March 13, 2006


Did Cheney Shoot To Kill? Don't Be A Dopamine ... (WILLIAM WEIR, February 28 2006, The Hartford Courant)

Since the vice president shot one of his hunting buddies a little more than two weeks ago, a number of alternate theories have been bubbling beneath the official version of events.

Some have speculated alcohol played a role, while others have even suggested a heated argument could have preceded the shooting. According to a poll by Rasmussen Reports, 27 percent of Americans had "serious questions" about the incident. Even if the White House hadn't waited a few news cycles to tell anyone about the accident, it seems inevitable that the official story would meet with skepticism. [...]

Some research indicates that an excess of dopamine in the brain can cause people to spot patterns where others see only random data. Dopamine is the chemical in our brains most commonly associated with pleasure. Too little of it can lead to attention deficit disorder and Parkinson's disease. Too much, though, leads to schizophrenia and other mental disorders.

Researchers at University Hospital at Zurich found that subjects given a dose of dopamine were more prone to seeing faces and words when scrambled patterns appeared on a screen in front of them. Peter Brugger, the neurologist who led the study, says the results show that dopamine not only plays a role in detecting patterns in visual displays but probably in perceiving patterns - real or not - in events. A tendency to spot patterns and connect the dots is the foundation of conspiracy theorizing.

"If there is too much [dopamine], you begin to develop hallucinations and delusions, including delusional ideas of reference," Brugger says in an e-mail message. [...]

The list of events with alternate theories is endless, as is our fascination. Certainly the excessive dopamine explanation doesn't explain the entire 27 percent cited in the Rasmussen poll. So why are so many - even those with chemically balanced brains - taken by conspiracy theories?

Part of it is a natural tendency to find order in things. Psychologists say we're loath to acknowledge that random events and lone screwballs can fell world leaders and cause so much havoc on our world. Assigning blame to the Mafia and other powerful networks is a way to make sense of it all.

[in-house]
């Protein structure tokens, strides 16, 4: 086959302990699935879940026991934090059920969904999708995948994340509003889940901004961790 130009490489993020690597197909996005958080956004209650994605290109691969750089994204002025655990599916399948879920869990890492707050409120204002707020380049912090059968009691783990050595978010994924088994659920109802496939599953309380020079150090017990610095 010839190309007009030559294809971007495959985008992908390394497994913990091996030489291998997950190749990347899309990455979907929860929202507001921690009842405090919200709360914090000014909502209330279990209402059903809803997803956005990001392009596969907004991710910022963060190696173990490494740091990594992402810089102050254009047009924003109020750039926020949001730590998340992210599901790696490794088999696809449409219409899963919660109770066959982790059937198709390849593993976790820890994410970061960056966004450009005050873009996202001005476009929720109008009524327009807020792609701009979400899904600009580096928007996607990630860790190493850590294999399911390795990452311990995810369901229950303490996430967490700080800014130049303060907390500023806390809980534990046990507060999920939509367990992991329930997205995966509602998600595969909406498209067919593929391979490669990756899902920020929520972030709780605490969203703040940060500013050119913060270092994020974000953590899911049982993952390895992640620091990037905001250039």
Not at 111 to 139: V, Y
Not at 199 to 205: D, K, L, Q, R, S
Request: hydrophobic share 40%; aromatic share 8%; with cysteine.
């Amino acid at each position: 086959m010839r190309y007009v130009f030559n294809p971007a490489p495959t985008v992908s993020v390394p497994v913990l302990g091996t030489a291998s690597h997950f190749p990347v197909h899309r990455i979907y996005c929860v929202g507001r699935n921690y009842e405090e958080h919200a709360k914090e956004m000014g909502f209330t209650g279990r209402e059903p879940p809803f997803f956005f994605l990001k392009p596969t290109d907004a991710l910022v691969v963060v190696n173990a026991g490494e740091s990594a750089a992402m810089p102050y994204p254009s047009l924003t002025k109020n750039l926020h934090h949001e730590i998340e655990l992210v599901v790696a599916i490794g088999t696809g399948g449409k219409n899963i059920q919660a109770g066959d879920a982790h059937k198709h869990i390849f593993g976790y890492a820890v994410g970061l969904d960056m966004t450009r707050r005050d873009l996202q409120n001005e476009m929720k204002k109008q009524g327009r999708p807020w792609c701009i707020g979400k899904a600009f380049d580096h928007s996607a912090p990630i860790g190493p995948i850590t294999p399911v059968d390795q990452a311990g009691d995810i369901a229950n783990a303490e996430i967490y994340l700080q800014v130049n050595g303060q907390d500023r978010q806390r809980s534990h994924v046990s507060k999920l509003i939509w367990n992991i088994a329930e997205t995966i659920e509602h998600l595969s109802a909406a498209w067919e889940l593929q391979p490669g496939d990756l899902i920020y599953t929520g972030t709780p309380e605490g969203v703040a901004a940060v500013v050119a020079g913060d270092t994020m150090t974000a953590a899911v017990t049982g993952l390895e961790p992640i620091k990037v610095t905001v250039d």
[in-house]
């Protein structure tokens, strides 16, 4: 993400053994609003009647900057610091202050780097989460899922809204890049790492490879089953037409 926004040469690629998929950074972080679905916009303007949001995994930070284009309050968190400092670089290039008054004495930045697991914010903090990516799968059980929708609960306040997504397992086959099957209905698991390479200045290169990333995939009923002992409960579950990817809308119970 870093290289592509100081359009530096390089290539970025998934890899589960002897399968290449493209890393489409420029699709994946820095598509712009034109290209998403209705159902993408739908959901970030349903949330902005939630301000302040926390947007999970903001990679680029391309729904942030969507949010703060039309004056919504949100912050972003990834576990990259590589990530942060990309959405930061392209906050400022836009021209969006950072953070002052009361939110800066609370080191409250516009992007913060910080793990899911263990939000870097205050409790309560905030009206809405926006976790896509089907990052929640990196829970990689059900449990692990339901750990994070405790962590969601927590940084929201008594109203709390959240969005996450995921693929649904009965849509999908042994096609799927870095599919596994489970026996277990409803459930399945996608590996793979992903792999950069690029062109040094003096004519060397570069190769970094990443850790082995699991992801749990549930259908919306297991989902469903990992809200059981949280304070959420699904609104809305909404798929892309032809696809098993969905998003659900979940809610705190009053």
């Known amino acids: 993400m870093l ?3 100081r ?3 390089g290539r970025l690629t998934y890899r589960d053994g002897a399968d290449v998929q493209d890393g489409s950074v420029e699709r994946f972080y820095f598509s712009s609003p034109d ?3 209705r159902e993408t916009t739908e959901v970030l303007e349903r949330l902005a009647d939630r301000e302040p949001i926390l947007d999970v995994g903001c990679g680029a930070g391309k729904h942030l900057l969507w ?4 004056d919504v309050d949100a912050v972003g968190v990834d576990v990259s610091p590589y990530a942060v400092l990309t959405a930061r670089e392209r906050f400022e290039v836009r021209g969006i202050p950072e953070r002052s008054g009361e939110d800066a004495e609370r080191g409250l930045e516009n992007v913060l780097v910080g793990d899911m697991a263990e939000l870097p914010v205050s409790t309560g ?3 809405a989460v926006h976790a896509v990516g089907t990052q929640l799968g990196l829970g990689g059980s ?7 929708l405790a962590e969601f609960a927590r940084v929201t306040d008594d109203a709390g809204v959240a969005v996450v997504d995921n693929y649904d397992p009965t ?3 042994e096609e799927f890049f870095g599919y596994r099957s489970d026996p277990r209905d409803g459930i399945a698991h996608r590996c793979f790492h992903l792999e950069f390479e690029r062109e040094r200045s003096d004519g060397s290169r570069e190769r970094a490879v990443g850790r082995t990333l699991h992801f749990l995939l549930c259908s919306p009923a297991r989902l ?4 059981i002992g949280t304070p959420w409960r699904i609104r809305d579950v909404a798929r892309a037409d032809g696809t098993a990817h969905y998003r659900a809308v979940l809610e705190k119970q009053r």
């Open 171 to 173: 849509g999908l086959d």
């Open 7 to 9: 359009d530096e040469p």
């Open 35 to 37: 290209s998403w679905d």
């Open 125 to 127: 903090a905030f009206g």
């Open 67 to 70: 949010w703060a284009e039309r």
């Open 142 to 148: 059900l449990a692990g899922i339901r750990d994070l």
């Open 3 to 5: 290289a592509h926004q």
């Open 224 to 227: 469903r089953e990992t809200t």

"If people see an event like the assassination of a president or the death of a princess, they're more likely to see that as the result of a major cause," says Patrick Leman, a psychologist at Royal Holloway University of London. "That keeps our view of the world as stable and consistent. It's casting around to find an explanation with what we want to see."

The idea that such elaborate deceptions are being orchestrated at high levels offers a much more satisfying explanation than simply acknowledging that accidents happen.

What makes such psychological foibles of more than merely academic interest is the way the influence policy. For instance, conspiracy-mindedness drives the absurd notion that having a company from Dubai take over some port operations must be part of a plot to infiltrate our defenses (non-existent defenses for the most part, mind you), just as the insistence that everything must be orderly drives the criticism that the Administration should have forseen this kerfuffle or that over the Cheney incident. The thought that things sometimes happen irrespective of our best plans and efforts is too much for some folks to accept--to do so would leave them feeling too insecure.

Posted by Orrin Judd at March 13, 2006 8:21 AM

"Sometimes a cigar is just a cigar."

Posted by: Raoul Ortega at March 13, 2006 11:43 AM

Conspiracy theories are for people who don't have the guts to be Pollyannas.

Posted by: Bob Hawkins at March 13, 2006 4:29 PM

"Any historian ... knows it is in good part a comedy of errors and a museum on incompetence; but if for every error and every act of incompetence one can substitute an act of treason, many points of fascinating interpretation are open to the paranoid imagination." -- Richard Hofstadter, "The Paranoid Style in American Politics," Harper's Magazine, November, 1964.

Note the date of the article -- Hofstadter was referring to the paranoid Right at the time (John Birchers), but the observation applies equally to all such. Conspiracy theorists are true believers who "know" they alone are privy to some hidden higher truth.

The modern Left's dogma is that human nature is perfectly perfectable and utopia achievable if only they are allowed to follow their enlightened programs. The unfortunate historic empirical fact that all such attempts have resulted in mass murder and despotism must therefore be the result of some treasonous conspiracy to thwart their benign utopian visions. The fact that 27% believe such outrageous conspiracy theories indicates that politics has become their religion, which they are unwilling or unable to question.

Posted by: jd watson [TypeKey Profile Page] at March 13, 2006 6:32 PM


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